Discovery mission cost relative to mission complexity.  
Data from the Nature article based on data from the Aerospace Corporation.

Last year’s planetary Decadal Survey recognized both the problem of too few missions and the increasing complexity of missions.  It recommended that the frequency of missions be increased to five per decade and the cost cap be increased to $500M per mission (from $425M for the mission to be selected this summer).  This year’s fiscal year 2013 budget proposal, however, proposes cutting the overall budget for NASA’s planetary with reductions to the Discovery and New Frontiers missions in the out years to refund the Mars program.  (See this post on the proposed budget.  Current budget plans provide full funding for the recently selected New Frontiers OSIRIS-REx asteroid sample return mission and the Discovery mission to be selected this summer.  Budgets for these programs are then reduced as funding for Mars missions increases, impacting the pace of future mission selection.) 

Along with the description of the current candidate missions, Nature also discusses its assessment of the implications of rising mission complexity and costs:  “The growing lag — and the escalating costs and complexity that have caused it — is having a deleterious effect on the programme, some NASA observers say, because it creates an increasingly risk-averse approach to mission selection...  All of this is why Gregg Vane, the programme manager for mission formulation at NASA’s Jet Propulsion Laboratory in Pasadena, California, says that Discovery has strayed from its original intended purpose, which was to be a riskier counterpoint to the too-big-to-fail flagships. Failure is no longer an option for a Discovery mission either, he says. ‘The tolerance for risk is significantly lower than it has been in the past.’”  NASA disputes this assessment: "Jim Green, director of NASA’s planetary-science division, flatly denies this charge. 'What is it about those [missions] that you think is averting risk?” he asked. “You can’t tell me that the missions we’ve executed in Discovery are not pushing the envelope.'"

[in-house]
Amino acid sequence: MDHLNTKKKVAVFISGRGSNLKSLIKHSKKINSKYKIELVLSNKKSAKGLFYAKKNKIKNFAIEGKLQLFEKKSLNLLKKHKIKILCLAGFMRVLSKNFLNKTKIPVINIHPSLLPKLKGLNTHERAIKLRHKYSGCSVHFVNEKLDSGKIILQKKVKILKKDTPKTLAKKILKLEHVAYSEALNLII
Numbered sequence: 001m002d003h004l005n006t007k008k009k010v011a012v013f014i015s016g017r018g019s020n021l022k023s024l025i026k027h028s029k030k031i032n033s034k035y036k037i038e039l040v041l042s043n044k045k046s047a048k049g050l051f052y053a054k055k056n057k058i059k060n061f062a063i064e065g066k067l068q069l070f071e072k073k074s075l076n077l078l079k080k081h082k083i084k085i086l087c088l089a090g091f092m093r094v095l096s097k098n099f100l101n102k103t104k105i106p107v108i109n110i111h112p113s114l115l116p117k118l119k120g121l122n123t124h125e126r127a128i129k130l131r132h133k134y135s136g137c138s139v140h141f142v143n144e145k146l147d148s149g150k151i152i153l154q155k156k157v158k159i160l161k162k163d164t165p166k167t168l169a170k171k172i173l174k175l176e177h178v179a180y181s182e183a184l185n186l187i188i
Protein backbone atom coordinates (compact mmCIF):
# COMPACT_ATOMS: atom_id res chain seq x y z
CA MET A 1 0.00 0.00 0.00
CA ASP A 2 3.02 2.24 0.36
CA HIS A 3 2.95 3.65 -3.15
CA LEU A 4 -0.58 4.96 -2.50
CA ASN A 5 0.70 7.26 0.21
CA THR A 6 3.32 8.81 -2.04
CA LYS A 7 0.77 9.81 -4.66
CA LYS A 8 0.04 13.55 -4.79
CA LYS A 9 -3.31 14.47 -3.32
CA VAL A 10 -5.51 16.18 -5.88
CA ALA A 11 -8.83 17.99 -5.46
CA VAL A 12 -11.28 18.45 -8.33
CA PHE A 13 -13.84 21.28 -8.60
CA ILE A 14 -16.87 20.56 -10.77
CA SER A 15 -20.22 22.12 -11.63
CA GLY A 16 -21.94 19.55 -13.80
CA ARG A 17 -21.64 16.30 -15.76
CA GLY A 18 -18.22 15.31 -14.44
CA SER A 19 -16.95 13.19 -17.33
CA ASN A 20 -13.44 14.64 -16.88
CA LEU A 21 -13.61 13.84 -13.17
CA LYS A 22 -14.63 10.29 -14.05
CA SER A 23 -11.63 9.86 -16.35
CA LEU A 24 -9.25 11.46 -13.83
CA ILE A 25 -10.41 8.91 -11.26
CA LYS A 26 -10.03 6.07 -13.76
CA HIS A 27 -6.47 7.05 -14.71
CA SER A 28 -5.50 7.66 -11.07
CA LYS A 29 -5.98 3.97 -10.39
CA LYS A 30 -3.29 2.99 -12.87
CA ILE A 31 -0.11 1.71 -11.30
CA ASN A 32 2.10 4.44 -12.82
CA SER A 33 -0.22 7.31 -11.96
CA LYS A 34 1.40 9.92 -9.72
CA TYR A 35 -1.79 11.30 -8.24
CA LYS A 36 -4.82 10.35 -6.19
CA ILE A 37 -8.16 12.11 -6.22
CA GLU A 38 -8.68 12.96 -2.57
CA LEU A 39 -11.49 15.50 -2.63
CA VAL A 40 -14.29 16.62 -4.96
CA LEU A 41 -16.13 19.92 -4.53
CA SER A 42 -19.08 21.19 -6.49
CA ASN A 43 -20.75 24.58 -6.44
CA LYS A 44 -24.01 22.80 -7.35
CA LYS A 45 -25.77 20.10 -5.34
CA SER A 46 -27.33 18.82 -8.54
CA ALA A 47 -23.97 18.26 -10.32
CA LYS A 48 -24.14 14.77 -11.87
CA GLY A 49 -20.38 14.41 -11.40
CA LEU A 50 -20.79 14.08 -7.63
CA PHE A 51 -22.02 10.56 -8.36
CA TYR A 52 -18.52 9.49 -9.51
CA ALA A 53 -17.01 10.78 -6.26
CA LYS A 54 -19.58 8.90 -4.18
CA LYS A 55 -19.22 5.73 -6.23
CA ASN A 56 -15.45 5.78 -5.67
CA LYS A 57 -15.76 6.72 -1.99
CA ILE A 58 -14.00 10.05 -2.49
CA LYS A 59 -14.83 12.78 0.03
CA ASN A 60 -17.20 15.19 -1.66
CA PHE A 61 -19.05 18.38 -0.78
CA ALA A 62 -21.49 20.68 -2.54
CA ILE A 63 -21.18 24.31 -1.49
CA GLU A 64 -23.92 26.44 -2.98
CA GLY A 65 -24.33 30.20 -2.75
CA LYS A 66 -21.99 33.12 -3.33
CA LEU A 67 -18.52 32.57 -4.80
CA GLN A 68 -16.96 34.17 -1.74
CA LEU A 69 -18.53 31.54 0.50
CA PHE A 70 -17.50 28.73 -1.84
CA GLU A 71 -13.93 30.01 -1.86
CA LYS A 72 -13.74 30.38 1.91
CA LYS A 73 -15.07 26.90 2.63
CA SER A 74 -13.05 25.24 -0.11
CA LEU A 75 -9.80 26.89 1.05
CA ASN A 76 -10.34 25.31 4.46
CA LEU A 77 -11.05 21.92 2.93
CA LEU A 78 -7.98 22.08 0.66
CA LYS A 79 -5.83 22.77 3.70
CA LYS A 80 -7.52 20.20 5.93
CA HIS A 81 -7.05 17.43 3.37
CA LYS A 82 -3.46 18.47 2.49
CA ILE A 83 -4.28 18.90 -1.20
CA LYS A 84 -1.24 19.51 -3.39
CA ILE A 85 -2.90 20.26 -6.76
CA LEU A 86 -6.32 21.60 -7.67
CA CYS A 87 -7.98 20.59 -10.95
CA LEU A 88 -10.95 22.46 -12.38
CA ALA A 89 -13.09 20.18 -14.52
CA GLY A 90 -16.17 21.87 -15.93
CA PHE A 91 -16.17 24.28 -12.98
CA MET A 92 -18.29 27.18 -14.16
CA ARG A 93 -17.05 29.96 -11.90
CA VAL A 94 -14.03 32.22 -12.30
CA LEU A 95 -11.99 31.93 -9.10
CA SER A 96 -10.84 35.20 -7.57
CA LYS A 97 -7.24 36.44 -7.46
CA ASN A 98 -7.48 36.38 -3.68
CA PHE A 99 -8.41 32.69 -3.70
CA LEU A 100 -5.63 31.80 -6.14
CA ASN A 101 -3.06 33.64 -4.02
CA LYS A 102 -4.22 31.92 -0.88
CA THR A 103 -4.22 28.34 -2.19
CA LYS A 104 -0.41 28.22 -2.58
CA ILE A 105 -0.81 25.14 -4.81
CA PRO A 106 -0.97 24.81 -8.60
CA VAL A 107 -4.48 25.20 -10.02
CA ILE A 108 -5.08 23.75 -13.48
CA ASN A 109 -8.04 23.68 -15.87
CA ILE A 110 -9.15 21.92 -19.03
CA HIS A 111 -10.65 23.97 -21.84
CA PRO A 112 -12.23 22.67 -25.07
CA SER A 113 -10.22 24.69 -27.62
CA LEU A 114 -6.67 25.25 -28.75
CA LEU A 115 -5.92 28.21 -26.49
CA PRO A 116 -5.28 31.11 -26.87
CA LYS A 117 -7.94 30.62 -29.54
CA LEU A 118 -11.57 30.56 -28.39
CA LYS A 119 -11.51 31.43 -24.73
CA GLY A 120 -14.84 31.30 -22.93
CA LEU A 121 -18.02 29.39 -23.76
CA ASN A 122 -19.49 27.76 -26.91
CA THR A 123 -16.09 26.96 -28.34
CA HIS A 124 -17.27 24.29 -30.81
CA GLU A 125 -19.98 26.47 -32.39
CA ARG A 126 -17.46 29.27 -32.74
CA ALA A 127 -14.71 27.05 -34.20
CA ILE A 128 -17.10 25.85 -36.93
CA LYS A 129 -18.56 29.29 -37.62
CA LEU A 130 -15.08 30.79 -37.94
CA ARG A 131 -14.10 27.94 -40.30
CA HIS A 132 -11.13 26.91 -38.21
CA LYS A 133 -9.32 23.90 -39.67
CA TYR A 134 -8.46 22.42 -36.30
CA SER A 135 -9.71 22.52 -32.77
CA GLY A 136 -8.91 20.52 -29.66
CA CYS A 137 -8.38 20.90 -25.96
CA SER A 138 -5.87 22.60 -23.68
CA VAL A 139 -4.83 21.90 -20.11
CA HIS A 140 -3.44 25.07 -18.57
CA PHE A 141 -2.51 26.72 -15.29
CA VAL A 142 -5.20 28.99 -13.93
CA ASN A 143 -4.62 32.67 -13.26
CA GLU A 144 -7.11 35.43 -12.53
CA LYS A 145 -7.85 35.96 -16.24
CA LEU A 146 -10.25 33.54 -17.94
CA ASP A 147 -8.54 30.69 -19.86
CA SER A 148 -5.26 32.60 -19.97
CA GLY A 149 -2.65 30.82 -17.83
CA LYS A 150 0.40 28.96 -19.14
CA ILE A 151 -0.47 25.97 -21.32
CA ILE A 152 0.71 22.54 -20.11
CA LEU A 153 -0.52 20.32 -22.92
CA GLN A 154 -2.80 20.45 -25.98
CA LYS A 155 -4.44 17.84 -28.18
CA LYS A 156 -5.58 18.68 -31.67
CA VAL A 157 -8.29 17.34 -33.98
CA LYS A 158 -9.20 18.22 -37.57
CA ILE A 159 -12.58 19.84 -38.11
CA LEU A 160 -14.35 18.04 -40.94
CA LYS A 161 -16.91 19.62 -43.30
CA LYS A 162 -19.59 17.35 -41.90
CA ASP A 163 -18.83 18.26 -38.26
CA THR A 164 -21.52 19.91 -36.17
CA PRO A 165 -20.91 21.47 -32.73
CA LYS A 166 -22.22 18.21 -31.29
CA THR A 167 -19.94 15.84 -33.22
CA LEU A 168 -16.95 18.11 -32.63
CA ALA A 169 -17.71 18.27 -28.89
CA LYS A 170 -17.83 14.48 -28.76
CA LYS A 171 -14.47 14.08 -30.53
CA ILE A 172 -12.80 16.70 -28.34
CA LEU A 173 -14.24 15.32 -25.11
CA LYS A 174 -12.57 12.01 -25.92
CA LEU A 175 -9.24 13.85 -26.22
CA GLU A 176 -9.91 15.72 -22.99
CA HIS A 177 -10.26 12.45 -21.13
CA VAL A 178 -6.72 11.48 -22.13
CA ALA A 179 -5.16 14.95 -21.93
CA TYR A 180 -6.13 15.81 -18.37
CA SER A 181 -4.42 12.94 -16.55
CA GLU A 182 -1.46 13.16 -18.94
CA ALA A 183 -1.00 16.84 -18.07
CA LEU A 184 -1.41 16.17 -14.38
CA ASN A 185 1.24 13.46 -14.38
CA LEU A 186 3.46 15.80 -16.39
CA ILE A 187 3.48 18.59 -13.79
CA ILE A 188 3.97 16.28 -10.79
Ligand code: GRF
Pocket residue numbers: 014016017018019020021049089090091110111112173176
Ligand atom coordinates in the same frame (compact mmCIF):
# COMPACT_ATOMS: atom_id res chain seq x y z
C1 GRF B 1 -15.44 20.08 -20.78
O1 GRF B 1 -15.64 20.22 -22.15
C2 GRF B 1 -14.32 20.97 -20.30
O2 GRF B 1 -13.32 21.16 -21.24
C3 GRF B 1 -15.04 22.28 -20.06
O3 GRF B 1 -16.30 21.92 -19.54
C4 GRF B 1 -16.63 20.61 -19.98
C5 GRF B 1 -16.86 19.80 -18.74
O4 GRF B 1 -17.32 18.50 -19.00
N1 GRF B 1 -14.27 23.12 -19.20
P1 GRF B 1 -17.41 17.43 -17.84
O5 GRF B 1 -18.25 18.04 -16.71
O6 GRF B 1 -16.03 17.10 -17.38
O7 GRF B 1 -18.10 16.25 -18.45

Editorial Thoughts: NASA’s managers seemed trapped between a rock, the easy low complexity compelling planetary missions have been done, and a hard place, tightening budgets.  Whichever of the three current candidate missions is selected, it will provide compelling science.  I presume that the next set of candidate missions will be equally compelling.  Within its constraints, NASA’s managers are finding exciting missions.  (I have no way to assess whether or not, as Nature claims, the program is becoming more risk adverse.)

Any relief from this situation will have to come from the political process.  Adding an average of $75M per year to the Discovery program should allow a third mission per decade.  (The costs quoted above are for the Principle Investigator costs; NASA has additional costs on top of the PI costs such as launch costs and management costs.  I’ve never seen a full accounting of Discovery mission costs, but my back of the envelope calculations suggest $750M may be right.)  The House of Representative’s proposed FY13 budget would increase next year’s budget for the Discovery and New Frontiers programs by$115M.  (The Senate’s proposed budget would not increase either budget.)  While the Nature article discusses the problems of the Discovery program (budget cap currently at $425M) the New Frontiers program (budget cap currently at ~$800M) seems to face similar problems.

The Discovery program has been a phenomenal success.  I believe it deserves additional funding to increase the pace of missions in the coming decade.

Thursday, July 5, 2012

Mars Concepts and Approaches - Aerial Concepts

If you are an ecologist, as I am, summer is likely to be your busy season.  Phil Horzempa, who wrote the last post also, is kindly helping to fill the gap.  With this post, Phil continues to look at the ideas presented at the Mars Concepts and Approaches Workshop with an emphasis on concepts for aerial missions.  - VRK

Aerial Mobility and MPPG Strategy

The Mars Concepts workshop was a feast for those interested in exploring the Red Planet.There were numerous suggestions for ways to get around on Mars. In today’s post, I will focus on one sector - aerial mobility.

Balloons and airplanes were once touted as a way to obtain very detailed visual images. However, proposals such as the MAGIC ultra-high-resolution camera (1) promise to produce images from a Mars orbiter that would make those systems obsolete. Multi-spectral imaging systems with much higher resolution than the CRISM spectrometer onboard the MRO are also being planned. Therefore, those who propose aerial systems have found new uses for them.